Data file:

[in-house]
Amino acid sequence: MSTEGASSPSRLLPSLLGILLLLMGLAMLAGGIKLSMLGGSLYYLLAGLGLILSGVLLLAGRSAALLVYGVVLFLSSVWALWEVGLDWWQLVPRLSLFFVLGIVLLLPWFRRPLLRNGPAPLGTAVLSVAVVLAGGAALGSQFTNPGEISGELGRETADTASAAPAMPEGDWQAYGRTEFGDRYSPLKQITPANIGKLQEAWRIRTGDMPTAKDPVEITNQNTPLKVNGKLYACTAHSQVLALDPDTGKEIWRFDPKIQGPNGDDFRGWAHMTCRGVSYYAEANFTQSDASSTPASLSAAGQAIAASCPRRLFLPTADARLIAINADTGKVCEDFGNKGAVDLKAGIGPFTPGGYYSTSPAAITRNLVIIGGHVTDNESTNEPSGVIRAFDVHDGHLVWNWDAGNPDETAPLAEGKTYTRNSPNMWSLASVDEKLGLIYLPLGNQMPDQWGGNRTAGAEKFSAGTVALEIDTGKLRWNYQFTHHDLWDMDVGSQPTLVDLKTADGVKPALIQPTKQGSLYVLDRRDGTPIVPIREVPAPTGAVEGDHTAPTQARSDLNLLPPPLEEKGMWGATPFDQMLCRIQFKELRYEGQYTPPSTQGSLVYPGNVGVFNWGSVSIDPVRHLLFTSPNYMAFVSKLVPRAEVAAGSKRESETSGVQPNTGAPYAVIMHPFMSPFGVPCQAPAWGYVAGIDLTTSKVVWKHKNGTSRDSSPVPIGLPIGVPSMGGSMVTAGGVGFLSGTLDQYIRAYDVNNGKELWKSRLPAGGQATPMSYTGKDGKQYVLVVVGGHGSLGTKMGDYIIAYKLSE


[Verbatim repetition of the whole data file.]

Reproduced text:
[in-house]
Amino acid sequence: MSTEGASSPSRLLPSLLGILLLLMGLAMLAGGIKLSMLGGSLYYLLAGLGLILSGVLLLAGRSAALLVYGVVLFLSSVWALWEVGLDWWQLVPRLSLFFVLGIVLLLPWFRRPLLRNGPAPLGTAVLSVAVVLAGGAALGSQFTNPGEISGELGRETADTASAAPAMPEGDWQAYGRTEFGDRYSPLKQITPANIGKLQEAWRIRTGDMPTAKDPVEITNQNTPLKVNGKLYACTAHSQVLALDPDTGKEIWRFDPKIQGPNGDDFRGWAHMTCRGVSYYAEANFTQSDASSTPASLSAAGQAIAASCPRRLFLPTADARLIAINADTGKVCEDFGNKGAVDLKAGIGPFTPGGYYSTSPAAITRNLVIIGGHVTDNESTNEPSGVIRAFDVHDGHLVWNWDAGNPDETAPLAEGKTYTRNSPNMWSLASVDEKLGLIYLPLGNQMPDQWGGNRTAGAEKFSAGTVALEIDTGKLRWNYQFTHHDLWDMDVGSQPTLVDLKTADGVKPALIQPTKQGSLYVLDRRDGTPIVPIREVPAPTGAVEGDHTAPTQARSDLNLLPPPLEEKGMWGATPFDQMLCRIQFKELRYEGQYTPPSTQGSLVYPGNVGVFNWGSVSIDPVRHLLFTSPNYMAFVSKLVPRAEVAAGSKRESETSGVQPNTGAPYAVIMHPFMSPFGVPCQAPAWGYVAGIDLTTSKVVWKHKNGTSRDSSPVPIGLPIGVPSMGGSMVTAGGVGFLSGTLDQYIRAYDVNNGKELWKSRLPAGGQATPMSYTGKDGKQYVLVVVGGHGSLGTKMGDYIIAYKLSE